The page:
Oak woods and Oak trees have been in steady decline for some time now. Due to the lack of fire in our woodlands, the over shading of woodlands, invasive species and a tendancy to not plant Oaks in landscaping, we have now become aware of the huge loss and lack of re-production that is occurring. Our oak-hickory woodlands have diminished by more than 88.5% since the time of European-American settlement (c. 1837). Oak woods once covered nearly 40% of the landscape, but today are found on barely 4% of the landscape.
With their strong wood, sprawling branches, gnarly trunks and majestic heights. The Oak has long served as a symbol of Americana and the Midwest. But with little or no reproduction occurring it could be a piece for the history books, like an an old car relic rotting away in the countryside. “If nothing is done, the oak in McHenry County could disappear as aself-sustaining ecosystem during the next 20 years,” said Ed Collins, the McHenry County Conservation District’s natural resource manager. “Oaks give us a sense of place, of who we are. We are not the desert Southwest or the pine forests of the north,” Collins said. “We’re the upper Midwest marked by beautiful prairies and oak groves.”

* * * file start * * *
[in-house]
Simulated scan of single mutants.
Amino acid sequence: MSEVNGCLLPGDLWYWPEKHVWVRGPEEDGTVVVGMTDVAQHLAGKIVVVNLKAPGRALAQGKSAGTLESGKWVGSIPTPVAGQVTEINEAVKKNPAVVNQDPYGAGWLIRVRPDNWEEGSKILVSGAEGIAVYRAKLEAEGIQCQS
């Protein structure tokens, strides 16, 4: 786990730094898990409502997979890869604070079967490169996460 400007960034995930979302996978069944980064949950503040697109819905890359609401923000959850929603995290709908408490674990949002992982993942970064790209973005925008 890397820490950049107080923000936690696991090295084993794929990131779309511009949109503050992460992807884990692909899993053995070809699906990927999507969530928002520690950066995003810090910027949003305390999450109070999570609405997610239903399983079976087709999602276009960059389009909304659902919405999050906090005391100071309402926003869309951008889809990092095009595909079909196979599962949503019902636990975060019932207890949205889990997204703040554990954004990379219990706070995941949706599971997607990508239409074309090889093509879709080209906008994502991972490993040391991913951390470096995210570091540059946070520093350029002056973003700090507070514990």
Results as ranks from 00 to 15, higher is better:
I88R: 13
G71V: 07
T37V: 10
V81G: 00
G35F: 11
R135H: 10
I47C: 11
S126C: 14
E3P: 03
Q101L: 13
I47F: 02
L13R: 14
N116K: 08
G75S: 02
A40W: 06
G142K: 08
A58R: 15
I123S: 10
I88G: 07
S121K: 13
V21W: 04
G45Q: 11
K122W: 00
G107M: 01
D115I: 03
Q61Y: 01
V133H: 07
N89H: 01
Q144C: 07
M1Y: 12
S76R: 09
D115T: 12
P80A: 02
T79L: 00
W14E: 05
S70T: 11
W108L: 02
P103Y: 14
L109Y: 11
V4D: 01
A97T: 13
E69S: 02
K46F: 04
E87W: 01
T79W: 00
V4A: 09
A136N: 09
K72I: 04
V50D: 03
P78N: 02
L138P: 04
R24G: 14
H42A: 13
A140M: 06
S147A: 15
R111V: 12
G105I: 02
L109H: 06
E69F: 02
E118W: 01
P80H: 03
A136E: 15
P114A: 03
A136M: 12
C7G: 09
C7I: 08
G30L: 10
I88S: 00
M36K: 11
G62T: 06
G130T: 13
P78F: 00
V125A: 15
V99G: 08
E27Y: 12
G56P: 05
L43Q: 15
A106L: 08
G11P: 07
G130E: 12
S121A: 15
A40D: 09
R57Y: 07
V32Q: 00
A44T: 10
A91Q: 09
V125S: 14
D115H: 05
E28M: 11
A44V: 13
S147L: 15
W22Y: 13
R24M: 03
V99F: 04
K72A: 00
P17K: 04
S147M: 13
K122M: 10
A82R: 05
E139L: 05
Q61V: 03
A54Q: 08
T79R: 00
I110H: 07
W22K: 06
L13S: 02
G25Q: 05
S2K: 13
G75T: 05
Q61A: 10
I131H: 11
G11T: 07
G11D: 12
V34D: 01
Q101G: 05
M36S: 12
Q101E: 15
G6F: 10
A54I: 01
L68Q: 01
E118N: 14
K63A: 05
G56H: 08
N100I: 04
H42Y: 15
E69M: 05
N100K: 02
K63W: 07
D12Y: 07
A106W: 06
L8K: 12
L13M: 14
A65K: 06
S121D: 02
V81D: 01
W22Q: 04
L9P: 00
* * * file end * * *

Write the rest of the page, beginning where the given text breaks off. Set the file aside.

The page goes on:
A wide variety of plants, animals, insects and organisms depend on the oak ecosystem for survival. “Even more than their historical significance, that is the main reason the trees are so important,” said Lisa Haderlein, a member of the Land Conservancy of McHenry County. “They are much more valuable for wildlife for habitat and food because they have a nut,” she said. “If something doesn’t change in the next few years, we’ll start to see them fall and we won’t be able to replace them.”
Lets all try to do our part to promote the growth of the king tree of the Midwest. “Releasing” Oak trees is some of the most important and rewarding work that Prairie Works does.